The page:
In this study, the children and adolescents classified with nutritional failure presented risk of developing impaired lung function after 36 months. In a group of 39 individuals with CF, it was observed that the malnourished ones presented with worse pulmonary conditions, according to the parameters of forced vital capacity and FEV1.22 A similar result was found in a cohort with 3,298 patients aged >2 years, in which, in the cross-sectional analysis, the malnourished patients presented significantly lower mean values of FEV1. After 1 year, the malnourished adolescents with reduced W/H had a simultaneous reduction of 16.5% in FEV1, whereas those who gained weight in the period had an increase of 2.1% in FEV1 (p<0.001), emphasizing the relationship between nutrition, lung function and clinical course of CF.23

Yen et al.24 conducted an observational prospective study using data from the CF Foundation Registry, with 3,142 patients. The authors observed that patients who, at the age of 4, had the indicator W/A>percentile 10° presented better lung function, higher stature and higher survival at the age of 18.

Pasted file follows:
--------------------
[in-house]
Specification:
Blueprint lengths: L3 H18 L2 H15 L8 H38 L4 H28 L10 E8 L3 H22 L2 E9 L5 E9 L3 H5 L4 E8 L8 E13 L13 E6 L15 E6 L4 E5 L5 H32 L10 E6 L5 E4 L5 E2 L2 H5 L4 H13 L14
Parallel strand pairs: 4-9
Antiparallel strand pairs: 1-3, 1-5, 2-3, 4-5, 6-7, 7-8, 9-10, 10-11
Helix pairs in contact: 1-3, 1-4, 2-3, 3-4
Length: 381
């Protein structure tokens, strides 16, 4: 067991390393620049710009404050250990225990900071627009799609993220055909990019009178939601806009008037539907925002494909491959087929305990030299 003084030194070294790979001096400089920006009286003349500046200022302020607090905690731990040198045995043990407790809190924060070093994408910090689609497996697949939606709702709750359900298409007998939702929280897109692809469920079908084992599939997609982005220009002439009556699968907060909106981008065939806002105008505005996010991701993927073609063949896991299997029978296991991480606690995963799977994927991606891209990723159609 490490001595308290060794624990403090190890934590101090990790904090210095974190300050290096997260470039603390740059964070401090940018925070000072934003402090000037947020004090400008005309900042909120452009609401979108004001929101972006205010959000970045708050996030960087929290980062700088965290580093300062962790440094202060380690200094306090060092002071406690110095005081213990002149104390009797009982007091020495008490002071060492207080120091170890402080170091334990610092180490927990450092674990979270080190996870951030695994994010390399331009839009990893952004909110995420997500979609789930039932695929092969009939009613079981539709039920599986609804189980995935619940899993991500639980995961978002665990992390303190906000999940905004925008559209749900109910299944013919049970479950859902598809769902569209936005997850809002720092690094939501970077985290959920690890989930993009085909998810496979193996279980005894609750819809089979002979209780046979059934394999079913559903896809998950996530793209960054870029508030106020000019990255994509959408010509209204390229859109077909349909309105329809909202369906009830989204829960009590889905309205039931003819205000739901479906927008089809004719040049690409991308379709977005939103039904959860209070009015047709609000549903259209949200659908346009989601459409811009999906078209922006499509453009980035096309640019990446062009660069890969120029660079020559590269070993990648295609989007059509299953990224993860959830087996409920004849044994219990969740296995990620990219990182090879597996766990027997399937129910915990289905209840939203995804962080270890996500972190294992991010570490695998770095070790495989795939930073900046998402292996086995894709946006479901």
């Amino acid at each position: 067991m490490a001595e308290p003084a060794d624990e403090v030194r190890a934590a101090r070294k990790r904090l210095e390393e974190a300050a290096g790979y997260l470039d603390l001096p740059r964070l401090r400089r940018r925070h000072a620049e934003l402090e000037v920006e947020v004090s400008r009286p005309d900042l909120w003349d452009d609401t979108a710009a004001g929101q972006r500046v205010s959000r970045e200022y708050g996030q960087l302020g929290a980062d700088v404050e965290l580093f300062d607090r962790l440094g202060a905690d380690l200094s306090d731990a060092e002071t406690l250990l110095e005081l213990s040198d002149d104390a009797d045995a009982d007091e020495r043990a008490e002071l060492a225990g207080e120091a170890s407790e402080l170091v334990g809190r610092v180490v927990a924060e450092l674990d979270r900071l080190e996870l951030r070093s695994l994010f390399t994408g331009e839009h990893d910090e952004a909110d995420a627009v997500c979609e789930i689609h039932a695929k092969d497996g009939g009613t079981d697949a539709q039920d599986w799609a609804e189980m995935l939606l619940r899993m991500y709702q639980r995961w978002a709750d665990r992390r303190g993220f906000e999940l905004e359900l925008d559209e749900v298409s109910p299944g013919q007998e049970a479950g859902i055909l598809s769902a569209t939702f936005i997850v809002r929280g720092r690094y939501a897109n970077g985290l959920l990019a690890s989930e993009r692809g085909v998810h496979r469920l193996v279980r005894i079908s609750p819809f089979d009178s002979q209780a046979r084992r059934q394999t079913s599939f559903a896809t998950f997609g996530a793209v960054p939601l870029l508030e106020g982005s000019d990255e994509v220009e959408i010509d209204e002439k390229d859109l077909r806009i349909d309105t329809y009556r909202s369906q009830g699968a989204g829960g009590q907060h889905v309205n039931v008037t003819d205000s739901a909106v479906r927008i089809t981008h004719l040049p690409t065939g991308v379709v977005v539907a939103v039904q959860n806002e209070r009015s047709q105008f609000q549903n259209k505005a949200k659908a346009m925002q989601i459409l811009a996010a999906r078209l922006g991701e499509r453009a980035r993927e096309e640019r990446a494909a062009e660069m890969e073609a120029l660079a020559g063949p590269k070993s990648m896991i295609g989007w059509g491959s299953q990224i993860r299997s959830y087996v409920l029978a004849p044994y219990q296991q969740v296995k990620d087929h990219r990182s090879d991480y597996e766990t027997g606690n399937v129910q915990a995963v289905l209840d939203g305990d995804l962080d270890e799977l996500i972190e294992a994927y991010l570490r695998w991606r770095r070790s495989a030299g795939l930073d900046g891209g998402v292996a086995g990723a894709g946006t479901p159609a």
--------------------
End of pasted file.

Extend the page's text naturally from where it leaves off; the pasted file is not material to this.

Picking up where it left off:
In a cross-sectional study conducted with patients with CF aged between 6 and 18 years, assisted at a reference center in the South of Brazil, the FEV1 was significantly associated with BMI (r=0.3; p=0.004). BMI/A<percentile 10° was a predictor of low FEV1 values. The analysis of regression showed that BMI/A<percentile 10° was associated with the reduction of 25.6% in VEF1,25 similar to this study, in which there was an association between FEV1 and BMI/A.

In a 4-year longitudinal study with patients in the national Cystic Fibrosis Foundation, in the United States, 968 children aged between 5 and 8 years were assessed. They had pancreatic insufficiency and FEV1 between 60 and 140%, observing that the z-score of W/A and the percentage of H/A were significantly associated with changes in FEV1 throughout time.26